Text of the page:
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A source HDA (2TB mechanical HDD) has 5 partitions on it (GPT) that used to occupy the entire capacity of the 2TB HDA.

The Operating System resident on the source drive is Windows 10.

Since the majority of the 'data' partition was unused storage space, and occupied 1.5TB of the drive capacity, it was shrunk, using gparted, to about 350GB, and the 'Push Button Recovery' partition (above it on the source HDA) was moved downward to be contiguous with the data partition.

The resultant state of the source HDA is 5 partitions occupying less than 400GB on a 2TB HDA, with the excess storage space on the drive being unallocated space.

Proposed target device is a Samsung 500GB SDD, which is currently in an unallocated state (no partitions defined and no boot structures written to the drive).

Hypothesis:

I can use dd (bs=1M, no count parameter specified) to write directly from the source device to the target device, since the aggregate partition sizes on the source device amount to less than the capacity of the target device; and have only an anomalous condition in what will be the unallocated space that results on the target device, post transfer.

Addressing this anomalous unallocated region of the target device by relocating the 'Push Button Recovery' partition to the upper end of the drive space, and growing the data partition to fill the remainder of the unallocated space on the target device, using gparted should work and leave me with a bootable device.

Question:

I don't tinker with windows systems unless I get backed into a corner by somebody else (like a family member), so I do not have a great deal of intuition in dealing with such situations; so, can anybody see why this would produce a non-bootable target SSD before I waste the time doing this?

# # # # # UPDATE # # # # #

OK....I'm following-up on this--merely to let others know what ultimately worked in this particular situation:

Partition arrangement on the source HDD:
Partition   FS      Label                 Size    Flags
/dev/sdg1  ntfs     Recovery             600 MiB  hidden, diag
/dev/sdg2  fat32    ESP                  300 MiB  boot, esp
/dev/sdg3  unknown                       128 MiB  msftres
/dev/sdg4  NTFS     User Data Space      350 GiB  msftdata
/dev/sdg5  NTFS     Push Button Reset  16.61 GiB  hidden, diag
Unallocated --             --            1.5 TiB     --

Partition arrangement on the target SSD:
Partition   FS      Label                 Size    Flags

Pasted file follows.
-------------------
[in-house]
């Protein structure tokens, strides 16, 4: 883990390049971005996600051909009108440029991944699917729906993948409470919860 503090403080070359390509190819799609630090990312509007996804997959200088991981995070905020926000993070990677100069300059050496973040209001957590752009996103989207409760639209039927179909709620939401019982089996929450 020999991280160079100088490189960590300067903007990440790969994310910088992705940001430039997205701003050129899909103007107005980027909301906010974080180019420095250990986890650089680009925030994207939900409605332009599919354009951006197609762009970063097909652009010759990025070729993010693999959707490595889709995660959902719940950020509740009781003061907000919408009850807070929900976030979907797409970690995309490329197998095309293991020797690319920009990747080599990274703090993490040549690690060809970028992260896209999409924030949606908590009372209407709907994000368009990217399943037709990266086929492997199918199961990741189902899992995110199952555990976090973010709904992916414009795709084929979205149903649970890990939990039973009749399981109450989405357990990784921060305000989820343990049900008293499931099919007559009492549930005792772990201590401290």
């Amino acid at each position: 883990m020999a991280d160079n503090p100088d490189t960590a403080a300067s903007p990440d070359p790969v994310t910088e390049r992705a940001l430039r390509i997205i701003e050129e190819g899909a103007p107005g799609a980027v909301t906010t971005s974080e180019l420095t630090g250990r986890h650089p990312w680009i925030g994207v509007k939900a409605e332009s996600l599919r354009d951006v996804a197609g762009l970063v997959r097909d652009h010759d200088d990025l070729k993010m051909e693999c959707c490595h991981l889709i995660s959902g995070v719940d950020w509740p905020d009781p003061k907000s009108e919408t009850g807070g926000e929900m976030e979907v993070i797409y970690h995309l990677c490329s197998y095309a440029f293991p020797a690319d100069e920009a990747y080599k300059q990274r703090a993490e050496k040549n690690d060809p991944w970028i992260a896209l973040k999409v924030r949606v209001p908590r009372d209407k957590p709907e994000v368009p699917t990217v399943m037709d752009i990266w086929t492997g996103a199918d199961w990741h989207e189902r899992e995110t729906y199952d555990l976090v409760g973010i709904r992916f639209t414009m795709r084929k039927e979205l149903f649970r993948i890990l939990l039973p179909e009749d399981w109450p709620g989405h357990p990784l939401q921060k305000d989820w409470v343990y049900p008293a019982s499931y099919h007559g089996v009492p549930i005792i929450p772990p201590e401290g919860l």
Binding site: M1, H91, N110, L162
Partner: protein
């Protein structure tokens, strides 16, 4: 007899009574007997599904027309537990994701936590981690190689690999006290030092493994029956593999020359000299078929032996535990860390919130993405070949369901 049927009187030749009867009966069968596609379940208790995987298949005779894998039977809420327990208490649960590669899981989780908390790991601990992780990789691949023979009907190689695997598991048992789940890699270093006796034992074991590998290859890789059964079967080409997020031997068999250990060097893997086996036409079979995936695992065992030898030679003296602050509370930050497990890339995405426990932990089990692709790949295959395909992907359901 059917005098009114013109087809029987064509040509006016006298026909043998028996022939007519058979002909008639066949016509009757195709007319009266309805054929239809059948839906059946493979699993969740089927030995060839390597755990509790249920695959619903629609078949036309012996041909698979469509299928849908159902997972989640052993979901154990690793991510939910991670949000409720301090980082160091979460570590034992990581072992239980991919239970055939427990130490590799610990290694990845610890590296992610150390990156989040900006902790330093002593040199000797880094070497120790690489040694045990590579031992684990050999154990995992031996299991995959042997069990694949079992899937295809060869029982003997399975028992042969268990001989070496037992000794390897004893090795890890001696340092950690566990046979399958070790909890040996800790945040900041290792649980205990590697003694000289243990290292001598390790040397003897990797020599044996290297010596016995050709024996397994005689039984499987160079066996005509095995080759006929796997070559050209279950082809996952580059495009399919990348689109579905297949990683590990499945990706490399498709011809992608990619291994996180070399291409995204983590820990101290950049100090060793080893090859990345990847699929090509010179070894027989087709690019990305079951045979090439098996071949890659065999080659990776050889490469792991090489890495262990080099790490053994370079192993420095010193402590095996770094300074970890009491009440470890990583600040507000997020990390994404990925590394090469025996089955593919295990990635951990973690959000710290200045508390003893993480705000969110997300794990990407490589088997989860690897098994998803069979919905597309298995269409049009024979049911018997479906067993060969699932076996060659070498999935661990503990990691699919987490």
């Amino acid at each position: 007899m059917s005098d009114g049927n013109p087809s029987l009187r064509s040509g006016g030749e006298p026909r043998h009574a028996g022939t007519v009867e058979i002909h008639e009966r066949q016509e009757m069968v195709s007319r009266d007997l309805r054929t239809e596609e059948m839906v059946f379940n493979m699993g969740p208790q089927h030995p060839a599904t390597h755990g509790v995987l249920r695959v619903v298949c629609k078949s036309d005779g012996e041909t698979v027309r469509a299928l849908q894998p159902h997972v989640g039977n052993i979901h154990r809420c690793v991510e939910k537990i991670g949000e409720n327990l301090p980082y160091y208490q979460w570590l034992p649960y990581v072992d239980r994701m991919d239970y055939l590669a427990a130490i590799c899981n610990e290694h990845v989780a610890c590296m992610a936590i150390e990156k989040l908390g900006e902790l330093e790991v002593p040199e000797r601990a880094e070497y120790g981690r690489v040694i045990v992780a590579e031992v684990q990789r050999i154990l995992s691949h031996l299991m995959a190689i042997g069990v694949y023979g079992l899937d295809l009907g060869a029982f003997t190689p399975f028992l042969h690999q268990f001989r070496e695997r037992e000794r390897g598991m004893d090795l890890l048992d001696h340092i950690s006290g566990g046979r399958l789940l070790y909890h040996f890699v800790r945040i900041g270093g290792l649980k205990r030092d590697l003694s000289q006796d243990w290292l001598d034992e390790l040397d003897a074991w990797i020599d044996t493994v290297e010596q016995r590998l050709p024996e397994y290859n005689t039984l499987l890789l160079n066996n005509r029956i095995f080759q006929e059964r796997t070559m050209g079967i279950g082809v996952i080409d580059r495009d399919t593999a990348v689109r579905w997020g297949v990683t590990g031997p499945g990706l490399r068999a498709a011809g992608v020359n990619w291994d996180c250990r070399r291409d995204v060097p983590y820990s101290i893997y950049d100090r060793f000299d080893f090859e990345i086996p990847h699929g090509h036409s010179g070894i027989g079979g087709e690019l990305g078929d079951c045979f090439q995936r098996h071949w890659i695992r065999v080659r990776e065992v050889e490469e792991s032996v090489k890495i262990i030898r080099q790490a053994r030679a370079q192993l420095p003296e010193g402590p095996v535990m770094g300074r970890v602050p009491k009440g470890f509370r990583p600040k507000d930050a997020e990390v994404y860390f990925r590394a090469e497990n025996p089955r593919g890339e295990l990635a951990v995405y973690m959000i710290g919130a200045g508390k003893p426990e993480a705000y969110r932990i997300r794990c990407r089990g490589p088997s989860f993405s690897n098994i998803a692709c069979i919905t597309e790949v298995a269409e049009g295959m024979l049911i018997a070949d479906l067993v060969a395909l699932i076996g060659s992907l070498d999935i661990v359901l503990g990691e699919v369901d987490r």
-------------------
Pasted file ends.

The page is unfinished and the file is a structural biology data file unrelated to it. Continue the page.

/dev/sdh1  ntfs     Recovery             600 MiB  hidden, diag
/dev/sdh2  fat32    ESP                  300 MiB  boot, esp
/dev/sdh3  unknown                       128 MiB  msftres
/dev/sdh4  NTFS     User Data Space   448.15 GiB  msftdata
/dev/sdh5  NTFS     Push Button Reset  16.61 GiB  hidden, diag

A lot of time was spent trying various approaches to addressing the issue at hand, with unsatisfactory results.

Because allocated time was expiring, the installed OS recovery facilities were used to create 'restore' media, and perform an OS recovery to the SSD installed in the host system.

With both drives attached to a Debian 8.5 based computer, partclone_0.2.73-2+b1 (partclone.ntfs) was used to write the user data partition from the source HDD to the the target SSD. (/dev/sdg4 to /dev/sdh4)

While a windows-agnostic solution is preferred, this method produces a bootable target SSD with all original user data intact, and mismatches between partition tables were avoided.

Info on partclone can be found at:

https://packages.debian.org/jessie/admin/partclone

https://packages.debian.org/stretch/admin/partclone

https://manpages.debian.org/testing/partclone/index.html

  • Do both drives have the same block size? You can check with fdisk If not then you may take a performance hit when using dd because the partitions (and filesystems) would be out of alignment with the block size of the SSD – Emmanuel Rosa Mar 3 at 1:44
  • On the 2TB HDA, Sector_logical / Sector_physical / IO_minimum / IO_optimal come back as: 512B / 4096B / 4096B / 4096B. On the 500GB SSD, Sector_logical / Sector_physical / IO_minimum / IO_optimal come back as: 512B / 512B / 512B / 512B. I would conclude that, given your inquiry, my best move would be to dd with a bs=512, rather than the 1M? – AllanGH Mar 3 at 1:58
  • what you suggest makes sense, but windows questions might be better asked on "superuser" – Jasen Mar 3 at 2:02
  • There are a plethora of SysAdmins, who manage Unix / Linux based environments with windoze clients, that may have run into this scenario when maintaining desktops in the cubicle pits. My question is directed to those individuals who have that level of administrative support--you know...the ones who can give an opinion based upon direct experience in that context--rather than begging for fanboyism. Re-titling the post for me, to give a false impression of the nature of my question, imposes a far from helpful filter on my inquiry, and is less than I expected from the userbase, here. – AllanGH Mar 3 at 4:31
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    While using Unix tools, the core/goal of this question is windows specific – Rui F Ribeiro Mar 3 at 5:10
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OK....following Kusalananda's recommendation, I've shared what worked for me, in this situation, as an update to my original post, and will refrain from duplicating what I typed, up there, in this space.

Seemingly, the method, detailed above, will not be easily implemented if ready access to, or the means of creating, restore media is not available. So the utility of this method is self-evidently limited; but it did resolve the issue at hand.

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